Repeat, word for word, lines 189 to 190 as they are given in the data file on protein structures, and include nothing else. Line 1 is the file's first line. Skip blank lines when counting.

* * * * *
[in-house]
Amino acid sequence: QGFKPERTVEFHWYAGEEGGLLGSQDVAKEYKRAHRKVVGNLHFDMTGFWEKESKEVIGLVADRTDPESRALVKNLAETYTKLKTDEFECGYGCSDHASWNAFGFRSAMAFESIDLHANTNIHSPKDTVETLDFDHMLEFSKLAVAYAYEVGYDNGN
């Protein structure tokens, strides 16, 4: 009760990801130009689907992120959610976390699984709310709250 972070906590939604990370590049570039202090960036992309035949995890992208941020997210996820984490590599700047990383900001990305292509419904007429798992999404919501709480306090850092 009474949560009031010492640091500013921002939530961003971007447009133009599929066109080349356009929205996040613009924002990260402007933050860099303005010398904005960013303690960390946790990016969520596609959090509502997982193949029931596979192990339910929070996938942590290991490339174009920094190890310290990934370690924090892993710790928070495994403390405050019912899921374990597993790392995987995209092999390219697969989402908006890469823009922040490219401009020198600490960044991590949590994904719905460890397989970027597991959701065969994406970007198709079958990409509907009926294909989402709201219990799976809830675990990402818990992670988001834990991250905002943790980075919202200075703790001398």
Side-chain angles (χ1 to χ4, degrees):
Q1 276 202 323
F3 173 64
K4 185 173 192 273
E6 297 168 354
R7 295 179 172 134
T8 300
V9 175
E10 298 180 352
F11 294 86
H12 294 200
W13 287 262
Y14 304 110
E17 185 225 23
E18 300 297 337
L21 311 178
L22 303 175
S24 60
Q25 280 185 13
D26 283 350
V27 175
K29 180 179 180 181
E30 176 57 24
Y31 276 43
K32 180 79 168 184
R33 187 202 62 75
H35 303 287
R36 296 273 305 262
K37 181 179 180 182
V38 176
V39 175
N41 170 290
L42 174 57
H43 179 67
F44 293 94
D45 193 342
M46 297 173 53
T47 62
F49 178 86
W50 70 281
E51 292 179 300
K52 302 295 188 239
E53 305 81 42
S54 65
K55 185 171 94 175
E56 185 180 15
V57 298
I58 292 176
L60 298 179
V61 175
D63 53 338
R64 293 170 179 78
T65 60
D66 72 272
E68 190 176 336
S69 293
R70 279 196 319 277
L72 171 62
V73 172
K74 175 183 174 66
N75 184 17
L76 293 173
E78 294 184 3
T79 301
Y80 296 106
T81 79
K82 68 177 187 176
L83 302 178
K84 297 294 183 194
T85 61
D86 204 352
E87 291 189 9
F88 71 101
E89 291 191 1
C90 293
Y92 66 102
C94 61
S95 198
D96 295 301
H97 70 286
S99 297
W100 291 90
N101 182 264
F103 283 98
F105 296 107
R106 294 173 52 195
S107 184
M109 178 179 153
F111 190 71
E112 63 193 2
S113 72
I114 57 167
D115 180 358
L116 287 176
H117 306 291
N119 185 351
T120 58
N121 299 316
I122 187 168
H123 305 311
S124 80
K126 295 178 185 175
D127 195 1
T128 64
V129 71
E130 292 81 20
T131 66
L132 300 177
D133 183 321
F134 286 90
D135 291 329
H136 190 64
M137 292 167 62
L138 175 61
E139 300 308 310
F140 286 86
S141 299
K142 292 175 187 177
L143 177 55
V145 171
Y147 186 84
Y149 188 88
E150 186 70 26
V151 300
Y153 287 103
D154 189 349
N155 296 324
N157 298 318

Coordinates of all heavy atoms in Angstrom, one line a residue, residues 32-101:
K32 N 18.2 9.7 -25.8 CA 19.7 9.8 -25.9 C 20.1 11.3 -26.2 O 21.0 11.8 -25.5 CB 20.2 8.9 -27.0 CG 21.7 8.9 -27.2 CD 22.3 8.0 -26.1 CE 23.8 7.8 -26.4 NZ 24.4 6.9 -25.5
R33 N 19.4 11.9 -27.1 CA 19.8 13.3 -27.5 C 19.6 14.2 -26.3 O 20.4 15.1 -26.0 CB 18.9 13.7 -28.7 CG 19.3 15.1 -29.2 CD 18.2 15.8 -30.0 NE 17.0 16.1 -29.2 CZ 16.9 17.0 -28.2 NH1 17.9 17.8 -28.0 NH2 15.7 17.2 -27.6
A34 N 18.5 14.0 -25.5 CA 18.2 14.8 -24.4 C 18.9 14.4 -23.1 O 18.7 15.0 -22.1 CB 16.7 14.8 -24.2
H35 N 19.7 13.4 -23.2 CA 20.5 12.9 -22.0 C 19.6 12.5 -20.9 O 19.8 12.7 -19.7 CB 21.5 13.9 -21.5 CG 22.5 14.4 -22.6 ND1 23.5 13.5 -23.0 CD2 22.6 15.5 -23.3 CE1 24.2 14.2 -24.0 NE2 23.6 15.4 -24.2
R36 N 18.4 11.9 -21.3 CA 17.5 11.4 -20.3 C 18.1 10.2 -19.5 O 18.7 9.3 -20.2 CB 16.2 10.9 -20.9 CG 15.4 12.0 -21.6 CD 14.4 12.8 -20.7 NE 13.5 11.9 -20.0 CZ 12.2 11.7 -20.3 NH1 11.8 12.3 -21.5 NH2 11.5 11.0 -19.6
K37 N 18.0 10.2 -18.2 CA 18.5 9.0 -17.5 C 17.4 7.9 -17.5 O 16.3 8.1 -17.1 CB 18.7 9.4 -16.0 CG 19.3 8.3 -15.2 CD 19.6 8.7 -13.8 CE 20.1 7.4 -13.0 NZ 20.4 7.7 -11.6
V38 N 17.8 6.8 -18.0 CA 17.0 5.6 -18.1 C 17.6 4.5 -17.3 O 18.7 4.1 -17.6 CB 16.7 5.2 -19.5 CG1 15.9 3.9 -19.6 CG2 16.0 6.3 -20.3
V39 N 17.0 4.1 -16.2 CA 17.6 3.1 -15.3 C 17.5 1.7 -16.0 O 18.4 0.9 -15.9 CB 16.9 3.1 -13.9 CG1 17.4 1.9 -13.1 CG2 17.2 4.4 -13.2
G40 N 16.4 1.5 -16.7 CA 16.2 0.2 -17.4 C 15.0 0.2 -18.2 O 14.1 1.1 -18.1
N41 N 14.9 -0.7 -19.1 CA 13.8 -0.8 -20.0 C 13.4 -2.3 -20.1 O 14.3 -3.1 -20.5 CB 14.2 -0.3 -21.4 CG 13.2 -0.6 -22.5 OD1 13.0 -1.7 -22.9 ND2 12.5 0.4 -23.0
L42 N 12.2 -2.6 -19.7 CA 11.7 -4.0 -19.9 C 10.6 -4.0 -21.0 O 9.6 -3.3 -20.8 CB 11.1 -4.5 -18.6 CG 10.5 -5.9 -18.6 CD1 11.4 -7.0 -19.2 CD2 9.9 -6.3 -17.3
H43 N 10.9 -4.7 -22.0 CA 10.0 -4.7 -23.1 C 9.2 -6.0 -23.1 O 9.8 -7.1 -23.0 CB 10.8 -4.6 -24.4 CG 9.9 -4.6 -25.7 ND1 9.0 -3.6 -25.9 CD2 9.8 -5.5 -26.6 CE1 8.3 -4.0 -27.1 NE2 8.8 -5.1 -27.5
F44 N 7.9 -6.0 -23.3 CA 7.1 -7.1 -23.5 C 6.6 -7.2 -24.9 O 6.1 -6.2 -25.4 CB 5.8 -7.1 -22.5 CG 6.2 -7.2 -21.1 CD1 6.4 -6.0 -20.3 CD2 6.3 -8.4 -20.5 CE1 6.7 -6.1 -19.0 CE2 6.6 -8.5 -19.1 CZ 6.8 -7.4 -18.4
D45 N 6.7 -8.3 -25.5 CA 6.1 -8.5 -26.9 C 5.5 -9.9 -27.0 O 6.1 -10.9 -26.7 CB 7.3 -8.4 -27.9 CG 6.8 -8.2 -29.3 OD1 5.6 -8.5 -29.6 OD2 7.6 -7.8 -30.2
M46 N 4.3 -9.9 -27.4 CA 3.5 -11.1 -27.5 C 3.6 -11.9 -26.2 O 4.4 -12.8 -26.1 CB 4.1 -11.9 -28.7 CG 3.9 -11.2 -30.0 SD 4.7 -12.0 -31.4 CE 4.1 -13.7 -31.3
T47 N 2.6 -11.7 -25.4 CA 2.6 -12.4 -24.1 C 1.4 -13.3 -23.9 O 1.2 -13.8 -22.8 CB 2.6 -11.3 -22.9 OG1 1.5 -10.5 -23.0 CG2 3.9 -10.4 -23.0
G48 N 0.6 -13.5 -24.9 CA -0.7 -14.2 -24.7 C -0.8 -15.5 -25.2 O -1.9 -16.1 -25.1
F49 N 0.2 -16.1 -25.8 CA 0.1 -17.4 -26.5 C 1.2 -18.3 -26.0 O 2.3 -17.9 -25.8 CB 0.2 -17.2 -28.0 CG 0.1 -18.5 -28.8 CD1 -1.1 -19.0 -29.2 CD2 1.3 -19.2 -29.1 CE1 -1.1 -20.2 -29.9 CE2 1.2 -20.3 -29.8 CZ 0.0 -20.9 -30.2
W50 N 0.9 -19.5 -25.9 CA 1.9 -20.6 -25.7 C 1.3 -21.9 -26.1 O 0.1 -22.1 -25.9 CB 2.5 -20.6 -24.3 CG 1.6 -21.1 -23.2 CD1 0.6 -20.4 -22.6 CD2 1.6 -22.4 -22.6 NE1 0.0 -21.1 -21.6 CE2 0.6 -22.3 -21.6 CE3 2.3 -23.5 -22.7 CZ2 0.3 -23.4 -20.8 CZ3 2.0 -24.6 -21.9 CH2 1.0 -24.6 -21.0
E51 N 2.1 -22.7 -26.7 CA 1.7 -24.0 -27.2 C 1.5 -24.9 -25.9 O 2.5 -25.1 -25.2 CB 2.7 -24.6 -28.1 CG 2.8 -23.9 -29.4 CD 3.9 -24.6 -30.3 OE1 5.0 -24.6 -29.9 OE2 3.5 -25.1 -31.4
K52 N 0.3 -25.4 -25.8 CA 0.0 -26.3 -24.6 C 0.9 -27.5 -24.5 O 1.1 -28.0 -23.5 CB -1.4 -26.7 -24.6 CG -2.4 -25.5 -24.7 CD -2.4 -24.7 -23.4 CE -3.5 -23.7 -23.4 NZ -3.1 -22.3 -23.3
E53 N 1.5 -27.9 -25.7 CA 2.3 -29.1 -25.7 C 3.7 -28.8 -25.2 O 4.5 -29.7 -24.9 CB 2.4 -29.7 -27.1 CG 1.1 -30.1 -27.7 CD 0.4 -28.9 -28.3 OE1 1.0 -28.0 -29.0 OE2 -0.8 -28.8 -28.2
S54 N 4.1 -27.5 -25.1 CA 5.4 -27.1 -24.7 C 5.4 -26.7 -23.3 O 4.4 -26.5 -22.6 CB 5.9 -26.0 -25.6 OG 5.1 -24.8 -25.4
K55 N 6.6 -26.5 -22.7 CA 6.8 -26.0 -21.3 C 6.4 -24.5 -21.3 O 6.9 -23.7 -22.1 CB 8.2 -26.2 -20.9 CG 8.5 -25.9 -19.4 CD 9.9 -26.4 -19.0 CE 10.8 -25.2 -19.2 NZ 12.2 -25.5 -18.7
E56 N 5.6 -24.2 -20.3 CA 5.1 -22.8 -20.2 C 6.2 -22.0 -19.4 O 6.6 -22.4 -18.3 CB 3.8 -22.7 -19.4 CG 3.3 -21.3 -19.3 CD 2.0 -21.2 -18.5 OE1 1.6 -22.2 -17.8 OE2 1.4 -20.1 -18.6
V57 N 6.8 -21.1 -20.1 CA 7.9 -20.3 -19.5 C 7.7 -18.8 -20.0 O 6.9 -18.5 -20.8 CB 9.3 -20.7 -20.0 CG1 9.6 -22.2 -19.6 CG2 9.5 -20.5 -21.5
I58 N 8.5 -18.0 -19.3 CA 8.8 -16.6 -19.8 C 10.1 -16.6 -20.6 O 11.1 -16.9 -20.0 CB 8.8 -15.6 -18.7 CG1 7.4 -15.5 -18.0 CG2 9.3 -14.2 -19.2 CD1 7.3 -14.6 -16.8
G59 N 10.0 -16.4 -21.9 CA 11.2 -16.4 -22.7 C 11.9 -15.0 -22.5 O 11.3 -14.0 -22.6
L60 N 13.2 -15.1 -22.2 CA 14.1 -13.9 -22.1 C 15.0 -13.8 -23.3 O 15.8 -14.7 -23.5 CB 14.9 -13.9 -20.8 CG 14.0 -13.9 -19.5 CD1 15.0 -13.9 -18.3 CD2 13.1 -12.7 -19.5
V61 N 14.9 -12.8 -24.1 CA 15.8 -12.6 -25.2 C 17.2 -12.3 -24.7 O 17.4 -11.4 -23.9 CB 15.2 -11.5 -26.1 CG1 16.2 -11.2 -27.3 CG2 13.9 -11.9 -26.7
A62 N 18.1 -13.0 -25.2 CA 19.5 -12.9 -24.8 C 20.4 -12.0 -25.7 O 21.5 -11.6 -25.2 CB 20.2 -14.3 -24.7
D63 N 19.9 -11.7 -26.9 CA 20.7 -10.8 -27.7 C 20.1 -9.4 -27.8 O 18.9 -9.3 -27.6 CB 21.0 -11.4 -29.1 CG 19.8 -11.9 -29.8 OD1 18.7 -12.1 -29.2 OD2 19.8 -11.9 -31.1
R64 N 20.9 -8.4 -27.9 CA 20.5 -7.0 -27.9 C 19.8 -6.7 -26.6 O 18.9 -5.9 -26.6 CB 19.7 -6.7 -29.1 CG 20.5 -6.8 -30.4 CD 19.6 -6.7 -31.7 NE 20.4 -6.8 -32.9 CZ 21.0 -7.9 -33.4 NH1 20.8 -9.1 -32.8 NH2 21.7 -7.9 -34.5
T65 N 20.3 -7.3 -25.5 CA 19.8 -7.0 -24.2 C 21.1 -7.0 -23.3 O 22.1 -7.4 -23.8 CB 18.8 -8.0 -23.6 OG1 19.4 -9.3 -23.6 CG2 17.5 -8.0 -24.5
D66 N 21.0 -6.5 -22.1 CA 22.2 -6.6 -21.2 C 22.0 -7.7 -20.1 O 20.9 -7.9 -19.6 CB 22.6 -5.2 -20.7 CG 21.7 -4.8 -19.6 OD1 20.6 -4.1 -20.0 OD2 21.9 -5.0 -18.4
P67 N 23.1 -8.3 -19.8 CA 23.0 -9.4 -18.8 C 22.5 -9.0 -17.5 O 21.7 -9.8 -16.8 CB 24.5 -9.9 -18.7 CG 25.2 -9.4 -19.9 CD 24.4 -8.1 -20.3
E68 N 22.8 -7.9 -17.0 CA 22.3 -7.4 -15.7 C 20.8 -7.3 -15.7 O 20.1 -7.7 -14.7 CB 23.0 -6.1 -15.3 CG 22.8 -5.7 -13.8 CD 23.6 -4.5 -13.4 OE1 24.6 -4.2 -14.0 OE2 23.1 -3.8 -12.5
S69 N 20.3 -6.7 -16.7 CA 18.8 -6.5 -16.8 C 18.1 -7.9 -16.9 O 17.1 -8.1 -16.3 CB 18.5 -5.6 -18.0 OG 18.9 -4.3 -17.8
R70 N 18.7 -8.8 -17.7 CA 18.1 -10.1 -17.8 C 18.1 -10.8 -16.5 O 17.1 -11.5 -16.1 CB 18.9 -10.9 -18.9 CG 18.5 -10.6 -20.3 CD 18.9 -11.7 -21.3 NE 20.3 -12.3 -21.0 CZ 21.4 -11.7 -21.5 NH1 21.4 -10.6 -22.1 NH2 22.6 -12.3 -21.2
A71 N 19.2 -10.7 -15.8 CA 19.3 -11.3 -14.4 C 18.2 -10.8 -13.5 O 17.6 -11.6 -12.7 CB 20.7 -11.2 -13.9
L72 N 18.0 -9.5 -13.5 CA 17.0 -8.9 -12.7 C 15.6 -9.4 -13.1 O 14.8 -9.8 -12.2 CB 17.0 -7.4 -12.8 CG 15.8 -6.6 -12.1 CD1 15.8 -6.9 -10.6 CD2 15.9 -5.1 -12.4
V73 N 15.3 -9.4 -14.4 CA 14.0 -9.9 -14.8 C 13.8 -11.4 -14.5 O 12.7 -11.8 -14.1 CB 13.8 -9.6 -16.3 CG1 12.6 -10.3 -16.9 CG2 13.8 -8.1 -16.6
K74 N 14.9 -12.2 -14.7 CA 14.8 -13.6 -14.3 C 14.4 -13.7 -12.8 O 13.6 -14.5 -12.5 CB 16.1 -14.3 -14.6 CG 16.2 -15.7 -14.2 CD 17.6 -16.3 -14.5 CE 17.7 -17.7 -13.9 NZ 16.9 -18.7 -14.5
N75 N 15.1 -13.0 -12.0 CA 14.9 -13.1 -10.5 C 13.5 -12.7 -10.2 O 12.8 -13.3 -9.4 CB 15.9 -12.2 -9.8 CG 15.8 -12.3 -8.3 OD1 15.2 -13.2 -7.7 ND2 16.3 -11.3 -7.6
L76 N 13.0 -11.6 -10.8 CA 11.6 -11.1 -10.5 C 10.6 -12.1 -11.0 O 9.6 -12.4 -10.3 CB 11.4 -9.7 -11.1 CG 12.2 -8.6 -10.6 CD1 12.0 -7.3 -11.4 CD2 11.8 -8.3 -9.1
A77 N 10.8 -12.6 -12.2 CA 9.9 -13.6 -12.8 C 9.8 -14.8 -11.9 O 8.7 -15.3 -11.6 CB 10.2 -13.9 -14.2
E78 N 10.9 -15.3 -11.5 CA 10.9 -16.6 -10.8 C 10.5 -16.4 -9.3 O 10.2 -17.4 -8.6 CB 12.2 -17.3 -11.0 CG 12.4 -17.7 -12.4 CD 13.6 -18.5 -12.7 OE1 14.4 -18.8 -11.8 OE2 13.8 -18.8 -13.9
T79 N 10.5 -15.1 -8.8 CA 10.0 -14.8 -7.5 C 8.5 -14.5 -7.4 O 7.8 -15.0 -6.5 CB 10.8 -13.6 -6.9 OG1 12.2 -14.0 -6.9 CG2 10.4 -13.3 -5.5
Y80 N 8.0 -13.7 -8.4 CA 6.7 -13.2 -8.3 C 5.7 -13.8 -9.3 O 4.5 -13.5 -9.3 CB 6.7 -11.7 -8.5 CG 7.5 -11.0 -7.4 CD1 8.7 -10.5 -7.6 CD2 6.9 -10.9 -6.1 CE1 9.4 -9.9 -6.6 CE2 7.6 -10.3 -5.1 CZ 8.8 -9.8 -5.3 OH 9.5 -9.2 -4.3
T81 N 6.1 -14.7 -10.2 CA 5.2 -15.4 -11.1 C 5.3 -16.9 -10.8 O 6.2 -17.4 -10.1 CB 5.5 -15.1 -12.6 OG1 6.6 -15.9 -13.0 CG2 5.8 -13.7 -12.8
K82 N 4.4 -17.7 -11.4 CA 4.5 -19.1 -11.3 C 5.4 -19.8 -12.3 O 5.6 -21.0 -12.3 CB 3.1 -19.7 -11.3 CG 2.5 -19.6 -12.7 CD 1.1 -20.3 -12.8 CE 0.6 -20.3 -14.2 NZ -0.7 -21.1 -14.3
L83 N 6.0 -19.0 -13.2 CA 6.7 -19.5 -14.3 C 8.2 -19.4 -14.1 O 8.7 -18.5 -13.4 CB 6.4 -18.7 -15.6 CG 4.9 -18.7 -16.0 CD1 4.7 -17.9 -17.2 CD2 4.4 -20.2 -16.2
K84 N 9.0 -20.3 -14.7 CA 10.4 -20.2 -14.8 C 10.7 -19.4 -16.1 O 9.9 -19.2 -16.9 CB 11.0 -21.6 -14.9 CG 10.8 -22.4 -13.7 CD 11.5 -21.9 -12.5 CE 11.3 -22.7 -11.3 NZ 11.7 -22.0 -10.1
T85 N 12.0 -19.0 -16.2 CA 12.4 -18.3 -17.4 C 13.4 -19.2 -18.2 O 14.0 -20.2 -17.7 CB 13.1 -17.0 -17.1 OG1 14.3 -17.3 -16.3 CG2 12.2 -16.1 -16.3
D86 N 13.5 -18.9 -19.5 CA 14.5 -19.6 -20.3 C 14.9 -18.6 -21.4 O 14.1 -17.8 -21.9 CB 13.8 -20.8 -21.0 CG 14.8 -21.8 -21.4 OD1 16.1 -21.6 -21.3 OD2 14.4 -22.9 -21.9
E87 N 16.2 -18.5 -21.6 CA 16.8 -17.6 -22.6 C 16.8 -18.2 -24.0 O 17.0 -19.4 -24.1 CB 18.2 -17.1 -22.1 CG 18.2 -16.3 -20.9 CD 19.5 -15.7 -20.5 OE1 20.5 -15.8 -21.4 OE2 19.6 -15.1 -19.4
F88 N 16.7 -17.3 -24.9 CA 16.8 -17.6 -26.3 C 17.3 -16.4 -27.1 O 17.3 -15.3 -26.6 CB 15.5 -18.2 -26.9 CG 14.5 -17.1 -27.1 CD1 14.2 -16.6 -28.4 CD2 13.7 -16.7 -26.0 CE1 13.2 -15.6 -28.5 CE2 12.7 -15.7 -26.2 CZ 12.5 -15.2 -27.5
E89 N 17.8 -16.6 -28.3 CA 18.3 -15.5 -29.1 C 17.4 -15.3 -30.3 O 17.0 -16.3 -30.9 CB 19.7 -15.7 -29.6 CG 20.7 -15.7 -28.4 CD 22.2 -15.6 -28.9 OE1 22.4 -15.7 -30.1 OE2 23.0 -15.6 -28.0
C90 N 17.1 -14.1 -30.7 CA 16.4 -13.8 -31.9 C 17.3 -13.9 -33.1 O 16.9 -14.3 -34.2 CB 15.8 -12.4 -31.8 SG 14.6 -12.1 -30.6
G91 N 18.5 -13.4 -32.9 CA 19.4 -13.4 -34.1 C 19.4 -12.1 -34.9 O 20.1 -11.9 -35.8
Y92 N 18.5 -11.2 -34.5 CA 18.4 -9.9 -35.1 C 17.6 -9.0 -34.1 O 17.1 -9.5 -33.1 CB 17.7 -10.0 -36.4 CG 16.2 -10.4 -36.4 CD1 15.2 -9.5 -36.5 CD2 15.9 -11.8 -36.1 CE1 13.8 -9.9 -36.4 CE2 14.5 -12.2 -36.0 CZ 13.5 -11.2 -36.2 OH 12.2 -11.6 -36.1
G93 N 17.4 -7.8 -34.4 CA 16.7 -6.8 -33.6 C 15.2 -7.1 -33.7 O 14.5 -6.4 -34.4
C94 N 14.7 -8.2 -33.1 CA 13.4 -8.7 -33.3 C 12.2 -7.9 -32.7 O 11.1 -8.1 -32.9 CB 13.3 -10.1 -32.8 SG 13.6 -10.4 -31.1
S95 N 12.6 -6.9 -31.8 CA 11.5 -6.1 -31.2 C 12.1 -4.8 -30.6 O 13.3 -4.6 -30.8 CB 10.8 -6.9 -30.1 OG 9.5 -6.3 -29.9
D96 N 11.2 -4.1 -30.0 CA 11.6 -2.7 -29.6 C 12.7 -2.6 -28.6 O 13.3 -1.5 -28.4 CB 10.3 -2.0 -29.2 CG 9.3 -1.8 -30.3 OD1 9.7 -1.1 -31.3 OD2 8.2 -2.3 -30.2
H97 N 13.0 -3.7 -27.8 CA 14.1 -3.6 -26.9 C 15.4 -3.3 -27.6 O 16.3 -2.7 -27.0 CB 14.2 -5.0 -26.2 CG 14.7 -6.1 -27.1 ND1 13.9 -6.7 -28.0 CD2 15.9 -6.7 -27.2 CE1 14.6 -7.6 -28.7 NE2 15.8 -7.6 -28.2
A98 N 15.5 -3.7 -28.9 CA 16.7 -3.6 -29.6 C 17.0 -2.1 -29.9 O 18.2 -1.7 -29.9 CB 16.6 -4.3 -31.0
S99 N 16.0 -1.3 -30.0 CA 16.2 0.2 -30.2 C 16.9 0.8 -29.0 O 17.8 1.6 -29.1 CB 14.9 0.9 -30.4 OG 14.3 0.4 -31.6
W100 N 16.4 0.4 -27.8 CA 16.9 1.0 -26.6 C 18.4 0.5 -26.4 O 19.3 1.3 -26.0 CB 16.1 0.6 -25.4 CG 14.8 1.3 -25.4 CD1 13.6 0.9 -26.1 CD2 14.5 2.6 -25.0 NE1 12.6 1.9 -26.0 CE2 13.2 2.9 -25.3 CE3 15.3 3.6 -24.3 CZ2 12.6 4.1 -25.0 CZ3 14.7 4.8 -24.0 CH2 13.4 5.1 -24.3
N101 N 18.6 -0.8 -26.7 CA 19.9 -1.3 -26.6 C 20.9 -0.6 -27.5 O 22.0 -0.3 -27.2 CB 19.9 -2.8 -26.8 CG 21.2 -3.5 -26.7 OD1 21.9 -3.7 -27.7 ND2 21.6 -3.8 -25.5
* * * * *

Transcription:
F88 N 16.7 -17.3 -24.9 CA 16.8 -17.6 -26.3 C 17.3 -16.4 -27.1 O 17.3 -15.3 -26.6 CB 15.5 -18.2 -26.9 CG 14.5 -17.1 -27.1 CD1 14.2 -16.6 -28.4 CD2 13.7 -16.7 -26.0 CE1 13.2 -15.6 -28.5 CE2 12.7 -15.7 -26.2 CZ 12.5 -15.2 -27.5
E89 N 17.8 -16.6 -28.3 CA 18.3 -15.5 -29.1 C 17.4 -15.3 -30.3 O 17.0 -16.3 -30.9 CB 19.7 -15.7 -29.6 CG 20.7 -15.7 -28.4 CD 22.2 -15.6 -28.9 OE1 22.4 -15.7 -30.1 OE2 23.0 -15.6 -28.0